I have to be honest. I’m pretty glad I didn’t get to watch this one. The Mariners pretty much dominated all day and led 6-2 going to the ninth, only for the Braves to come off the deck with five runs in the inning to take a 7-6 lead. And then Kenley Jansen gave up two homers in the bottom half of the frame to cancel out probably the best comeback of the year and give the Mariners an 8-7 win.
It looked for much of the game like this was going to be a standard-issue loss. Seattle scored a run in the first and three in the fourth off of Jake Odorizzi (continuing to play his way off the playoff roster, it seems) and then scored a run each off of Collin McHugh and Tyler Matzek in the fifth and sixth, respectively. That gave them a 6-1 lead after an Austin Riley solo homer in the fourth. Michael Harris followed with a solo homer of his own in the eighth to make it 6-2 going to the ninth.
So in the ninth, Seattle’s Diego Castillo came in to try to notch the Atlanta Save against Atlanta. He walked Riley and Matt Olson back-to-back to lead off the inning, but got William Contreras to ground out and Vaughn Grissom to strike out to seemingly turn onto Easy Street. Well, about that…Harris followed with his second straight home run to score three and suddenly make it a one-run game, 6-5.
The Mariners switched to right-hander Paul Sewald and the Braves switched to left-hander Eddie Rosario off the bench. Sewald put Eddie down 1-2, but Rosario lined a single to right to keep the Braves alive. And then Robbie Grossman stepped to the plate from the left side, which we were led to believe he was totally helpless from when we traded for him at the end of July. He hasn’t looked helpless left-handed to me, though, and he crushed an 0-1 pitch into the right-field stands to, amazingly, give Atlanta a 7-6 lead. Ronald Acuna was hit by a pitch and stole second base after that, but he was left there. That turned out to be a pretty big deal, unfortunately.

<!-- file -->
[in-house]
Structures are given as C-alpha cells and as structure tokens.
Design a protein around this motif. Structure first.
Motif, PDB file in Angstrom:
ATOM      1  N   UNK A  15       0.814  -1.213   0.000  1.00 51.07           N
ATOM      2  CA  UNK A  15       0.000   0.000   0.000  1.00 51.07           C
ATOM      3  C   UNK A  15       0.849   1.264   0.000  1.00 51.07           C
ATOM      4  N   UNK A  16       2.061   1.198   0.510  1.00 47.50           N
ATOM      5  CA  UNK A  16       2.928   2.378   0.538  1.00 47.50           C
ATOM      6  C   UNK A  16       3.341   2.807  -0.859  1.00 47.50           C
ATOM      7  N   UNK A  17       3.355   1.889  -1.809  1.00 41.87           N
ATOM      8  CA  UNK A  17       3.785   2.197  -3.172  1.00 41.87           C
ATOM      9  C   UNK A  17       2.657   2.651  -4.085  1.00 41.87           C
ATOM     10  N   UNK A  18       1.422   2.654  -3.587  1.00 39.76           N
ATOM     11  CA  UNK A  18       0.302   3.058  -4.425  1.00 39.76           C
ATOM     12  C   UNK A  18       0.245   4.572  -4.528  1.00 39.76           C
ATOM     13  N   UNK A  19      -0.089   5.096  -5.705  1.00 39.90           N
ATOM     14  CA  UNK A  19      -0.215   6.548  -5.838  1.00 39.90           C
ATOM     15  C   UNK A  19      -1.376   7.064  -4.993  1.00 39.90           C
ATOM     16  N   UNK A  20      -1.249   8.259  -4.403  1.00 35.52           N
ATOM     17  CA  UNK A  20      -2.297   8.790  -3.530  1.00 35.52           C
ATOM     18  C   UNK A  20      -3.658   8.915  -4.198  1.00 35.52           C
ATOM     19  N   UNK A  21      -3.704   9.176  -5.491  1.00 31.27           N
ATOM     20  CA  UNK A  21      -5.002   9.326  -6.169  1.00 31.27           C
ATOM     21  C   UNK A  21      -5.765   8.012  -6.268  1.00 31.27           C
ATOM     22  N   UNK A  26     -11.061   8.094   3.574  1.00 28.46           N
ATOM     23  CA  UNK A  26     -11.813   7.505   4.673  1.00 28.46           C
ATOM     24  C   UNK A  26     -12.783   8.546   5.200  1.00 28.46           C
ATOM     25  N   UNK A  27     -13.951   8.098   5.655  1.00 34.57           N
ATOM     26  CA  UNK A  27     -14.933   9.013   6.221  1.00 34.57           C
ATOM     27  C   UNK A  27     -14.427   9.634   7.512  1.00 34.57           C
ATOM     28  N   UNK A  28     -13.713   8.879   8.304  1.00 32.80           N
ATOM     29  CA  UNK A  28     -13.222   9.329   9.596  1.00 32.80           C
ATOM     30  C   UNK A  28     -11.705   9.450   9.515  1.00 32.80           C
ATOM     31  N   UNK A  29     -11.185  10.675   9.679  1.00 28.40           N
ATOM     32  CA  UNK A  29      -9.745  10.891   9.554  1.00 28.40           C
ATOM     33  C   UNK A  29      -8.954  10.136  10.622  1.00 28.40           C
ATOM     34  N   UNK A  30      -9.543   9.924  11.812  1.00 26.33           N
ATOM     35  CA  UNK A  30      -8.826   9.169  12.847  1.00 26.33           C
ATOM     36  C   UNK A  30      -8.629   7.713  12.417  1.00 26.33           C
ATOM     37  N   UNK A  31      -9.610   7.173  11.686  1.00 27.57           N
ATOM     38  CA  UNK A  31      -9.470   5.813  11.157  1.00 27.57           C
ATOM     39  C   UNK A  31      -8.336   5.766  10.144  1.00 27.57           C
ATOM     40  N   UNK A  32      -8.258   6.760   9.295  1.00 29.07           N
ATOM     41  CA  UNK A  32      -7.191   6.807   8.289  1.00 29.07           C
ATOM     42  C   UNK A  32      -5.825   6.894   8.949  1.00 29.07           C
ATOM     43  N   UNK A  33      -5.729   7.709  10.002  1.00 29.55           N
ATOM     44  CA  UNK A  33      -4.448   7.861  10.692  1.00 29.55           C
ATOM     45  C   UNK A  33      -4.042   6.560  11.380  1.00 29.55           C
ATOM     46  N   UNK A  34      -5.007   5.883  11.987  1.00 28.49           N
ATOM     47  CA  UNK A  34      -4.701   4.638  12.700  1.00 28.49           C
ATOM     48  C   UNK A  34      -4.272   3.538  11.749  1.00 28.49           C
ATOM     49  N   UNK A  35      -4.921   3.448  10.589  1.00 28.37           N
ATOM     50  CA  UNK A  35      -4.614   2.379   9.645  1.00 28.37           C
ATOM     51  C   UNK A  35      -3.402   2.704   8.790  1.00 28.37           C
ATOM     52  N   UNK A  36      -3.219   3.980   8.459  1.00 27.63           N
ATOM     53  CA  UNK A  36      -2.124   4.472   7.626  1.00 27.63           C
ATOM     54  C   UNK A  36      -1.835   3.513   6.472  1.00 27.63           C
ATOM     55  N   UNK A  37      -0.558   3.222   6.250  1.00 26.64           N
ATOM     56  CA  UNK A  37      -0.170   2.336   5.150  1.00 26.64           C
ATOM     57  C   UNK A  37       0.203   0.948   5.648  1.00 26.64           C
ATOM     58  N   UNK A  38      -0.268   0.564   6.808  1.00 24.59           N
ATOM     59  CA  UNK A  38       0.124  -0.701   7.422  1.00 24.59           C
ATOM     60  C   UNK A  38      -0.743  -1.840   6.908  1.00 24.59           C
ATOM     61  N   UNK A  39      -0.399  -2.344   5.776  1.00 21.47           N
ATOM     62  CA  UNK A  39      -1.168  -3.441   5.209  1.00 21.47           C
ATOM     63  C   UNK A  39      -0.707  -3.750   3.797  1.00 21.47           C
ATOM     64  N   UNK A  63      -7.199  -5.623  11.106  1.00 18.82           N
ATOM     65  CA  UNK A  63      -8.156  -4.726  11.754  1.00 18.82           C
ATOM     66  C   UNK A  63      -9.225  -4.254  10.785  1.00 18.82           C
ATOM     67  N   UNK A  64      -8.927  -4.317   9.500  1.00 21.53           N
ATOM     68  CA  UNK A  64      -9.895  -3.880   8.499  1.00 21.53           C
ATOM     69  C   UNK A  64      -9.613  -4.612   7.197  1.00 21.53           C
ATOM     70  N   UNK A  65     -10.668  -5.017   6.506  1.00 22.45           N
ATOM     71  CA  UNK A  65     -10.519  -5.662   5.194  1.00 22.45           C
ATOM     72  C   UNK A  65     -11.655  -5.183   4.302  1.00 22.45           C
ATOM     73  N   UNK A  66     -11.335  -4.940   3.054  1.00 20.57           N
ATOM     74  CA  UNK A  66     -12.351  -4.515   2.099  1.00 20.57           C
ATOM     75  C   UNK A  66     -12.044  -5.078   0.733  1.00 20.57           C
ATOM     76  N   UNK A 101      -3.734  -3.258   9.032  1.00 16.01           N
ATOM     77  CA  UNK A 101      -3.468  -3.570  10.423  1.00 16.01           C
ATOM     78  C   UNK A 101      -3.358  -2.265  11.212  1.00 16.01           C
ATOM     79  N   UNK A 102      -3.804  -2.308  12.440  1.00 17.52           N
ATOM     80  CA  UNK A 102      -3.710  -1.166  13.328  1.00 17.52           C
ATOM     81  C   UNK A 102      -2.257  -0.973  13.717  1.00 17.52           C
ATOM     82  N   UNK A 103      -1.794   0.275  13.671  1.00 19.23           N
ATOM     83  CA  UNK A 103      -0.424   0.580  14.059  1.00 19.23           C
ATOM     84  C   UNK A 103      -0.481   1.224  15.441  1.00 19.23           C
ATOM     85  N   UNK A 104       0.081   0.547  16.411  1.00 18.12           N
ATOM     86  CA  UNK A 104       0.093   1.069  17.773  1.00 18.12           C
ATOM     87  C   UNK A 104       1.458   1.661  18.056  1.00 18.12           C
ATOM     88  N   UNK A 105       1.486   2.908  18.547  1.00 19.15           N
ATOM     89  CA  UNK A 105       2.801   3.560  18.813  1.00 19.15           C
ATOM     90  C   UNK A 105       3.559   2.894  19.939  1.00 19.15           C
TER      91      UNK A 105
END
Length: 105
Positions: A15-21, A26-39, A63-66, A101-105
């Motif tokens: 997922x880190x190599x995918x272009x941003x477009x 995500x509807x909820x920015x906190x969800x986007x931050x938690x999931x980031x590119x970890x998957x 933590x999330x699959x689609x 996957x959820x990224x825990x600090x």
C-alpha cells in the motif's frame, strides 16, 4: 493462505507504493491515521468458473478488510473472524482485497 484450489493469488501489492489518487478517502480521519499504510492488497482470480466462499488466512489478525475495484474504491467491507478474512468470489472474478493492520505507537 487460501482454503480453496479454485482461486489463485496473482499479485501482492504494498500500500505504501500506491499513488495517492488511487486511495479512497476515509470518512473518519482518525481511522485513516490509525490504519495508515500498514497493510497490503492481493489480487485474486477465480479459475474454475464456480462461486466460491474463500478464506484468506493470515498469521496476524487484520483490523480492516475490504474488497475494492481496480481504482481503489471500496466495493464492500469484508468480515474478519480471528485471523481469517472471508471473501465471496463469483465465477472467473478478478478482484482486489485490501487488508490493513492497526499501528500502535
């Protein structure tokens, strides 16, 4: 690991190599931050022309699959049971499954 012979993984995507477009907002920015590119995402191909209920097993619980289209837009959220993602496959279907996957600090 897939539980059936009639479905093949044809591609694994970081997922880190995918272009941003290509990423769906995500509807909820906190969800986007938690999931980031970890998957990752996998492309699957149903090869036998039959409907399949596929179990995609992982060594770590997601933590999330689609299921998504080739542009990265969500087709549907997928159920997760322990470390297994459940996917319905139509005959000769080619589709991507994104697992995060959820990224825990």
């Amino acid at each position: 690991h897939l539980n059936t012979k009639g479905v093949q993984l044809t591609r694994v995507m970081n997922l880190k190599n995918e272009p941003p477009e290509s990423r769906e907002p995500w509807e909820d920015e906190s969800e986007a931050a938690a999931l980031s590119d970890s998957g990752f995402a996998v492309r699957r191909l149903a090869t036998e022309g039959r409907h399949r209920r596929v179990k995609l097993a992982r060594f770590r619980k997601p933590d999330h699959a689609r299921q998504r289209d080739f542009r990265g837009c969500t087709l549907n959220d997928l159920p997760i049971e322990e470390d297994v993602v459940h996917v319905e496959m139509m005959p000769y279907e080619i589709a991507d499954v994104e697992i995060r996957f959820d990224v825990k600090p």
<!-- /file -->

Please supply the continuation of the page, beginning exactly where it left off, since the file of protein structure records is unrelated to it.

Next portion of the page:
The Braves turned to Kenley Jansen in the bottom of the ninth. I thought he’d looked good in his last two outings in Seattle on Friday and in Oakland earlier last week. Well, so much for that. With one out, he allowed a game-tying homer to Julio Rodriguez. With two outs, he allowed a game-winning bomb to Eugenio Suarez. Just like that, one of the best wins of the year turns into one of the worst losses. I remember Mac saying that losses where you comeback to tie or take the lead only to see your bullpen blow the game anyway just seem worse, and I doubt anybody would disagree tonight.
So the Braves are now down a game-and-a-half in the standings headed back down to San Francisco early this week. More importantly, the question of what to do with Jansen starts to seem a little more pressing. Personally, I would give the closer job to Raisel Iglesias at this point at least on a trial basis, but keep in mind that Jansen isn’t just going away. He’s going to pitch and he’s going to pitch high-leverage innings. I remember thinking about Will Smith last year at about this time that maybe he was actually where he needed to be to do the least damage. He wasn’t getting demoted to low-leverage, and maybe knowing he was the ninth-inning guy and would nearly always start with a clean slate was better than throwing him into the mix as a late-inning matchup guy. (And nothing that happened with him this year as more of a matchup guy dissuaded me from that thought, by the way.) I think it may very well be the same with Jansen…that if he’s gonna be used in high-leverage (and he is), just keep him as the guy who gets a clean slate to start the ninth. However, I think it’s probably worth it to switch it up and find out while we have a few weeks to play with here.